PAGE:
In addition to our Berlin travels, we have been able to make some other trips. We visited new friends in Straßburg, France. You can read about our time HERE. Being around believing friends who are our age, have a child, speak English, and are living in a European city was quite a blessing. I particularly was blessed by Matt, who is memorizing large portions of the Greek New Testament. That is something I want to do more regularly.

Last week my cousin Nathaniel and his wife Julie visited us. One of our highlights was hiking on a trail above Neuschwanstein.


Schwansee, Hohenschwangau

Para-sailing above Neuschwanstein

We had so much fun with them (Nathaniel and I are cousins. We are just a few months apart in age and have always been best friends). The nice thing about having family and friends visit us is that we do things we would not otherwise have done. Please come see us again soon guys!


There are two other big trips that we are looking forward to. In April we will travel to Prague, and in May to Paris (Lord willing).

Well, I think that is all for now. I look forward to continuing to keep in touch with you all, whether through blogging, facebook, or face-to-face if you get the chance to visit us in Munich.




September 28, 2013



We are back from the bustling metropolis of Berlin. Although we were in the city for five days, I feel like we did not even scratch the surface of this international city. According to my doktorvater, the only real way to experience Berlin is to live there, which refers to the layers of cultural and historical features. And speaking of scratching the surface:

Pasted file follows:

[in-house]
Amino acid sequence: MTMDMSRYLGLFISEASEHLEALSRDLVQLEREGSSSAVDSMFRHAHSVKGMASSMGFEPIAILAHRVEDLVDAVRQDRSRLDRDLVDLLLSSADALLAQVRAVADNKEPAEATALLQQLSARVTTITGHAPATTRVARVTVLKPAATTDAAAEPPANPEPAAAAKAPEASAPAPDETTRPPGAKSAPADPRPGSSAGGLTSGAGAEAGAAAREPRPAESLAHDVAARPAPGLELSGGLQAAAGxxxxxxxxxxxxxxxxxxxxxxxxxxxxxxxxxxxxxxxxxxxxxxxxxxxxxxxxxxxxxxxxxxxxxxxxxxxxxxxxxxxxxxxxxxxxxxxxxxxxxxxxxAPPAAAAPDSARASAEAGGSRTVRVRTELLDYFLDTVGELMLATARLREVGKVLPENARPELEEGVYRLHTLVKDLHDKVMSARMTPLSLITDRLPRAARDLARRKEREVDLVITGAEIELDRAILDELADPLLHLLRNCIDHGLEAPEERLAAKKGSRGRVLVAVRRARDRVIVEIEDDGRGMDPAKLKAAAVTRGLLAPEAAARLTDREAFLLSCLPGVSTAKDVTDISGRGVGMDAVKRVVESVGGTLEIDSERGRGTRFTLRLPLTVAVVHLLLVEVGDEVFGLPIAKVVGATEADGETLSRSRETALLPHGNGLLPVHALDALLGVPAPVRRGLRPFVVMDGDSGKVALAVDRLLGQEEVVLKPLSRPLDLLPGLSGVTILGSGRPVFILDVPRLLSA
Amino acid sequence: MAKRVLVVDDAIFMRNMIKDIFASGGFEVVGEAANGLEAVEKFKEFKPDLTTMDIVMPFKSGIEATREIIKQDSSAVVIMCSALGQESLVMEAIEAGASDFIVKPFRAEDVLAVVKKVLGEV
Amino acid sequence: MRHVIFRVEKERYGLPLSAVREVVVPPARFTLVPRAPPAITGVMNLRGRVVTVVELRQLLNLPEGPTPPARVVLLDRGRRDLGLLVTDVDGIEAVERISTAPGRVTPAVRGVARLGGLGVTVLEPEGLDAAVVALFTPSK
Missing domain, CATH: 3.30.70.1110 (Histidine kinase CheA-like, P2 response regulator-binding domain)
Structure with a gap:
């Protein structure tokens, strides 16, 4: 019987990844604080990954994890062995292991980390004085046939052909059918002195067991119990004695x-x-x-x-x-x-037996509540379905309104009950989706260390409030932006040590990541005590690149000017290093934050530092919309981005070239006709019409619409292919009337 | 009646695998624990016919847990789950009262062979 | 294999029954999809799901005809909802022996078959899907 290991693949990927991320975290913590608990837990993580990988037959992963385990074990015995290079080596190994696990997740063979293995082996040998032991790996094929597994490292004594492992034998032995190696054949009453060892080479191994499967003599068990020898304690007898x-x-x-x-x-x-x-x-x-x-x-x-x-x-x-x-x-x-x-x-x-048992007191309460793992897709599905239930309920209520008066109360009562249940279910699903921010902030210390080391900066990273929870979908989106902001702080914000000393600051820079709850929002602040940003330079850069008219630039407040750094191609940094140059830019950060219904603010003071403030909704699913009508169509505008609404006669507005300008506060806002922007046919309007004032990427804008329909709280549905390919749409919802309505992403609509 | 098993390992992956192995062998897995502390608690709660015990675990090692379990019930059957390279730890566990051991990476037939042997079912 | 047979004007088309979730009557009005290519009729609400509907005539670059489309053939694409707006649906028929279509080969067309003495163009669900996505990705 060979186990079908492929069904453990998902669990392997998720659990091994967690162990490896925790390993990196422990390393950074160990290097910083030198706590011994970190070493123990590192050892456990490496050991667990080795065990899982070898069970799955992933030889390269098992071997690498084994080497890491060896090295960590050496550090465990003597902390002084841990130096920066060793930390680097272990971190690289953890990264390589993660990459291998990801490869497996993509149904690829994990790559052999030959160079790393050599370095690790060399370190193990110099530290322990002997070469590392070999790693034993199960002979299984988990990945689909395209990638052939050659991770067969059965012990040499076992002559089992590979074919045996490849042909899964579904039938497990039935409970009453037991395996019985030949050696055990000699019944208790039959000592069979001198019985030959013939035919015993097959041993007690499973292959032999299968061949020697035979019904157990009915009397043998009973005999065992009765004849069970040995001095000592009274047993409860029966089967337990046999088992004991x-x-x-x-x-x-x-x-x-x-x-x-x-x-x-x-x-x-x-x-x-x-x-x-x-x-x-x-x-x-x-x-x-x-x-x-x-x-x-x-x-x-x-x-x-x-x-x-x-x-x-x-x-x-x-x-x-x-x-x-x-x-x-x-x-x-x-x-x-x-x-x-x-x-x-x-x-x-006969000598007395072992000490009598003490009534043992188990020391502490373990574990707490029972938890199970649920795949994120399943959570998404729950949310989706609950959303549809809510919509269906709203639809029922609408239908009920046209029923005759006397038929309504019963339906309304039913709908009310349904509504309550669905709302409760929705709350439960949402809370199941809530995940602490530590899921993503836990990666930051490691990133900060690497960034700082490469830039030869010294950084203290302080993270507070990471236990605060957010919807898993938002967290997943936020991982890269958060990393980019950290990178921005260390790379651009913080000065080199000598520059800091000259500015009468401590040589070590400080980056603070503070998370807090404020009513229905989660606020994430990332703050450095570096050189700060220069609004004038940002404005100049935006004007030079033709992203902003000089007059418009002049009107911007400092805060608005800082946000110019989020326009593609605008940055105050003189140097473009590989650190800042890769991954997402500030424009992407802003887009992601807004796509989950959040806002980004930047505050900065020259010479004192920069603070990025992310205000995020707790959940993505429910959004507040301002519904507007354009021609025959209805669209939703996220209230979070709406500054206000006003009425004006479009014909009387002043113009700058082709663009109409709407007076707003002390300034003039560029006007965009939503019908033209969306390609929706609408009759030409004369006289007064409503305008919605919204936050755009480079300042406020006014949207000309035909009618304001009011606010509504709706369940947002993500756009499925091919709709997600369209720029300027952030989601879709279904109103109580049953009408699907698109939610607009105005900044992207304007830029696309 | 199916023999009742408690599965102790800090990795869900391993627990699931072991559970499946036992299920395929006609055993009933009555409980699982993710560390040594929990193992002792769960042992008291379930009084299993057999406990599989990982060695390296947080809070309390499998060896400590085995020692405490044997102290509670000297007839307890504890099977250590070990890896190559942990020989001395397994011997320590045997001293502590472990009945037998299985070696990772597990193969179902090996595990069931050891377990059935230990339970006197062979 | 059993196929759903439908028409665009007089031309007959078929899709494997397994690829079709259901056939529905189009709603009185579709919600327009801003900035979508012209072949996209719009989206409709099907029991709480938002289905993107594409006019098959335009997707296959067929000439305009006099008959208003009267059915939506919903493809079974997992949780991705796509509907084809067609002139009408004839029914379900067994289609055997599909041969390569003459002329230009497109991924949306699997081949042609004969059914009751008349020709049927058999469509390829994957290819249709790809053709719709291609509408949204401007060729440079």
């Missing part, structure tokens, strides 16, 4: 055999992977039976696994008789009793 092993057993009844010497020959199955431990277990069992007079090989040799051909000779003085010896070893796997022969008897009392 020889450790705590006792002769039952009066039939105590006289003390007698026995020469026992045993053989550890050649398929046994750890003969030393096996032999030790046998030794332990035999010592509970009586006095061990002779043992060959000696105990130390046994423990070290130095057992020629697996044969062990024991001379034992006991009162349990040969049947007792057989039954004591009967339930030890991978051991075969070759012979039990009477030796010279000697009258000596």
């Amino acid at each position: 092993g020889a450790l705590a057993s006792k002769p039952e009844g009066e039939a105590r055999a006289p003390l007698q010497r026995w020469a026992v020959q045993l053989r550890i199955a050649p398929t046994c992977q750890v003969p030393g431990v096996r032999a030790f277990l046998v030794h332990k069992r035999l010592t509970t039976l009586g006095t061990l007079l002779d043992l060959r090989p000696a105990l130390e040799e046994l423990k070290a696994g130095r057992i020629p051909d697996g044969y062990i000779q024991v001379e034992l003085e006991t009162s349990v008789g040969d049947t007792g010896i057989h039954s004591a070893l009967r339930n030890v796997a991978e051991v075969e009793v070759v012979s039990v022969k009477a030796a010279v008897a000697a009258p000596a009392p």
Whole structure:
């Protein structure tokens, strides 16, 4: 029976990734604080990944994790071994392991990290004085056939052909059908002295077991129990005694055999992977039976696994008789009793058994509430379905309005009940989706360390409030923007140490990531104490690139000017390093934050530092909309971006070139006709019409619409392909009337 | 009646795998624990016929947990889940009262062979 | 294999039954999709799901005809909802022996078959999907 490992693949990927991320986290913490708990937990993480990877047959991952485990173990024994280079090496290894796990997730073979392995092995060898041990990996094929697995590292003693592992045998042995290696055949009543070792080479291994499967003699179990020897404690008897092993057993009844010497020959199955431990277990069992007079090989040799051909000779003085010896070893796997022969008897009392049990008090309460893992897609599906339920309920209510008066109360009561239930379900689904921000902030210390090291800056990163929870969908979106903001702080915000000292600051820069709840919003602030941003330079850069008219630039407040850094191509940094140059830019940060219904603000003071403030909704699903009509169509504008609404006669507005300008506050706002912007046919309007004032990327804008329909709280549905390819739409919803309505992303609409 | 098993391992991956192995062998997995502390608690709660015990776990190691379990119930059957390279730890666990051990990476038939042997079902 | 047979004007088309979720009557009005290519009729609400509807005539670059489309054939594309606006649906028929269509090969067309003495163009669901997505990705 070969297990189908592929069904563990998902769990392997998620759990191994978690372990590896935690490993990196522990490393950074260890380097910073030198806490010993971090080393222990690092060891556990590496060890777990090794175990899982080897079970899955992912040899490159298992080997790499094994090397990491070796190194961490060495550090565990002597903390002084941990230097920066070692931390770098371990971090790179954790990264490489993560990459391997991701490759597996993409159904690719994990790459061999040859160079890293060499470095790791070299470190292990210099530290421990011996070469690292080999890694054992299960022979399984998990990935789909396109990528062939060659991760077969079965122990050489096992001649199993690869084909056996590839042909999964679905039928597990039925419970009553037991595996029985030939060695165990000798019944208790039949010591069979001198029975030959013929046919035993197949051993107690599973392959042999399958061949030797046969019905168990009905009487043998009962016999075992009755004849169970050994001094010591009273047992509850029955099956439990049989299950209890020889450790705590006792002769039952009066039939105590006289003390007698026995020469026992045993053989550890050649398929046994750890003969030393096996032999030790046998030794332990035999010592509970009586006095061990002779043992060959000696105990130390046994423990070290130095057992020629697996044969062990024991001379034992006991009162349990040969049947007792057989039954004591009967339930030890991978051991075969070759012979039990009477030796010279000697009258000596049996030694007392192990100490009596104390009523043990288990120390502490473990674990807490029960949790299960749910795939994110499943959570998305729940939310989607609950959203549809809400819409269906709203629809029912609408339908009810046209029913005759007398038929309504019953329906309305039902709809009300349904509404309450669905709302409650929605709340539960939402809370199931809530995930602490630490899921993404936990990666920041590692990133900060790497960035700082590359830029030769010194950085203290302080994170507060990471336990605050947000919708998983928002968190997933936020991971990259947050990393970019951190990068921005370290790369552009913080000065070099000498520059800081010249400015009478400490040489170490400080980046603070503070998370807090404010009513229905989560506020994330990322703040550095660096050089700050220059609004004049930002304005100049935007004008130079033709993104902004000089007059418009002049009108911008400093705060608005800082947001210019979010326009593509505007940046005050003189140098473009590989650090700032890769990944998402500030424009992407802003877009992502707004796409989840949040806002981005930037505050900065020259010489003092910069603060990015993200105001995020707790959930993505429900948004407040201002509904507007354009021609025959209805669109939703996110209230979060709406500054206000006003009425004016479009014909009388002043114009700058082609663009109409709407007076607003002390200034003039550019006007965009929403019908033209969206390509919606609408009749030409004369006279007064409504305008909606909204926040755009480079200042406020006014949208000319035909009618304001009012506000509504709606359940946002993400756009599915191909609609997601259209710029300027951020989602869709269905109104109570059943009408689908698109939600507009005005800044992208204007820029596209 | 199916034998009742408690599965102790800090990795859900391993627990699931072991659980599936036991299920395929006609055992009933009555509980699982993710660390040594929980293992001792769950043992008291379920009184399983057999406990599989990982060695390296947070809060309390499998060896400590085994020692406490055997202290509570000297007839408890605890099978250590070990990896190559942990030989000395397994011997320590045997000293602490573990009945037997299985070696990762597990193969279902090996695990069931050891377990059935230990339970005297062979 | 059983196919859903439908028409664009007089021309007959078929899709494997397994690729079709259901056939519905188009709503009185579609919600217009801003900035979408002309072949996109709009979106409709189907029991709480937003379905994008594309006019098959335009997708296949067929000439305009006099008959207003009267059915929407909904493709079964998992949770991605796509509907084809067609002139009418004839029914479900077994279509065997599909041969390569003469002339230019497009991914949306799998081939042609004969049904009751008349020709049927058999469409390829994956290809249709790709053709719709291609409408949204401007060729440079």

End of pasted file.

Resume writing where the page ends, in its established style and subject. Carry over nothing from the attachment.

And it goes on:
construction in BerlinI would not be accurately describing the city if I failed to mention the endless construction and cranes. There was so much construction it was comical (this picture does not do it justice). We international students joke with each other about the construction in Germany: whether one is in Munich or Berlin or any Germany city, one finds construction zones. This stems from several features. First, it is a sign of the German economy, which is booming. There is money for bigger and better and newer. There is no such thing as a recession over here and the unemployment rate, for example, hovers nationally around 5%. Buildings are constantly being renovated, streets are being repaired, and workers enjoy incredible benefits and vacations. Second, the construction reflects a German concern for things to be well taken care of. Third, the endless construction is in no way related to an inordinate lengthy time period or delays in competing projects.

One example of the construction shows what I’m trying to say. Recently the Subway line near our apartment was renovated. Shortly thereafter, a seemingly nice square in front of this station was completely remodeled. Then one day on our way to the subway, what had been a perfectly fine looking apartment complex had been torn down, and within a matter of days another was being constructed in its place. In come the cranes. Later that week on our way to the Subway again, there were now two other buildings on the same street undergoing renovation, hence more cranes and scaffolding. So now the joke is that one German sees another beginning a construction project and says, “Quick, our neighbors are renovating. Let’s build something too!”